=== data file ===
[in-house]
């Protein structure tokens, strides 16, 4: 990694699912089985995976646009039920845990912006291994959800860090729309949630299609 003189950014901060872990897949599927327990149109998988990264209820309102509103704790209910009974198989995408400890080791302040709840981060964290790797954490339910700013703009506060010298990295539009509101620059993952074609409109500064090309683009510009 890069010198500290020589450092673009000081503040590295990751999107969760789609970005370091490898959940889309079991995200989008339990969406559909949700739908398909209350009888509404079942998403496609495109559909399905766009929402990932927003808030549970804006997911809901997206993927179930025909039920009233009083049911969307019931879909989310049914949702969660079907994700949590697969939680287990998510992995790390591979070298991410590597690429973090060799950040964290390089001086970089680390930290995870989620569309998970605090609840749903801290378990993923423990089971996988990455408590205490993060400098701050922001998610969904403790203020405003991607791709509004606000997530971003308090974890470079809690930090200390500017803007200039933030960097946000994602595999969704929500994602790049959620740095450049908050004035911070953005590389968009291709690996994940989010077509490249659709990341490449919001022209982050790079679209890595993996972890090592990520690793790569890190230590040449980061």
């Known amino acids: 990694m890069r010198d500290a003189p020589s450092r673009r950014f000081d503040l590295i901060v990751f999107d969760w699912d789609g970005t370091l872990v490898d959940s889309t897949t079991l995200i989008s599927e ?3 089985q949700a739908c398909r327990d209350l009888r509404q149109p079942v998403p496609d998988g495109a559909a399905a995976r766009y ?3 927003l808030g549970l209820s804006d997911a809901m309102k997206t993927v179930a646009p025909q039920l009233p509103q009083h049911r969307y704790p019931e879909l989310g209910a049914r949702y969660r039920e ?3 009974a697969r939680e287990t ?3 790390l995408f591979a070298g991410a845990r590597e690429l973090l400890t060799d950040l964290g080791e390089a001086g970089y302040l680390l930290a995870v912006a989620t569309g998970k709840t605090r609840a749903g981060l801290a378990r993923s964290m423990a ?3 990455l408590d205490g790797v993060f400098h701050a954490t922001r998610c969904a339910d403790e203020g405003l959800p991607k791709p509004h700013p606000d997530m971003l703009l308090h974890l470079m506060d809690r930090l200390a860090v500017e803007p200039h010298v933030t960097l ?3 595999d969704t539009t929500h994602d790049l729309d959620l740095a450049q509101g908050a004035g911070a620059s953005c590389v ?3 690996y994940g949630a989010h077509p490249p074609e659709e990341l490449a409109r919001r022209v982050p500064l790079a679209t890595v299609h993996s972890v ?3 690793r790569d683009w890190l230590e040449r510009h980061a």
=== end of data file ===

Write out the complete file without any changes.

[in-house]
């Protein structure tokens, strides 16, 4: 990694699912089985995976646009039920845990912006291994959800860090729309949630299609 003189950014901060872990897949599927327990149109998988990264209820309102509103704790209910009974198989995408400890080791302040709840981060964290790797954490339910700013703009506060010298990295539009509101620059993952074609409109500064090309683009510009 890069010198500290020589450092673009000081503040590295990751999107969760789609970005370091490898959940889309079991995200989008339990969406559909949700739908398909209350009888509404079942998403496609495109559909399905766009929402990932927003808030549970804006997911809901997206993927179930025909039920009233009083049911969307019931879909989310049914949702969660079907994700949590697969939680287990998510992995790390591979070298991410590597690429973090060799950040964290390089001086970089680390930290995870989620569309998970605090609840749903801290378990993923423990089971996988990455408590205490993060400098701050922001998610969904403790203020405003991607791709509004606000997530971003308090974890470079809690930090200390500017803007200039933030960097946000994602595999969704929500994602790049959620740095450049908050004035911070953005590389968009291709690996994940989010077509490249659709990341490449919001022209982050790079679209890595993996972890090592990520690793790569890190230590040449980061």
């Known amino acids: 990694m890069r010198d500290a003189p020589s450092r673009r950014f000081d503040l590295i901060v990751f999107d969760w699912d789609g970005t370091l872990v490898d959940s889309t897949t079991l995200i989008s599927e ?3 089985q949700a739908c398909r327990d209350l009888r509404q149109p079942v998403p496609d998988g495109a559909a399905a995976r766009y ?3 927003l808030g549970l209820s804006d997911a809901m309102k997206t993927v179930a646009p025909q039920l009233p509103q009083h049911r969307y704790p019931e879909l989310g209910a049914r949702y969660r039920e ?3 009974a697969r939680e287990t ?3 790390l995408f591979a070298g991410a845990r590597e690429l973090l400890t060799d950040l964290g080791e390089a001086g970089y302040l680390l930290a995870v912006a989620t569309g998970k709840t605090r609840a749903g981060l801290a378990r993923s964290m423990a ?3 990455l408590d205490g790797v993060f400098h701050a954490t922001r998610c969904a339910d403790e203020g405003l959800p991607k791709p509004h700013p606000d997530m971003l703009l308090h974890l470079m506060d809690r930090l200390a860090v500017e803007p200039h010298v933030t960097l ?3 595999d969704t539009t929500h994602d790049l729309d959620l740095a450049q509101g908050a004035g911070a620059s953005c590389v ?3 690996y994940g949630a989010h077509p490249p074609e659709e990341l490449a409109r919001r022209v982050p500064l790079a679209t890595v299609h993996s972890v ?3 690793r790569d683009w890190l230590e040449r510009h980061a």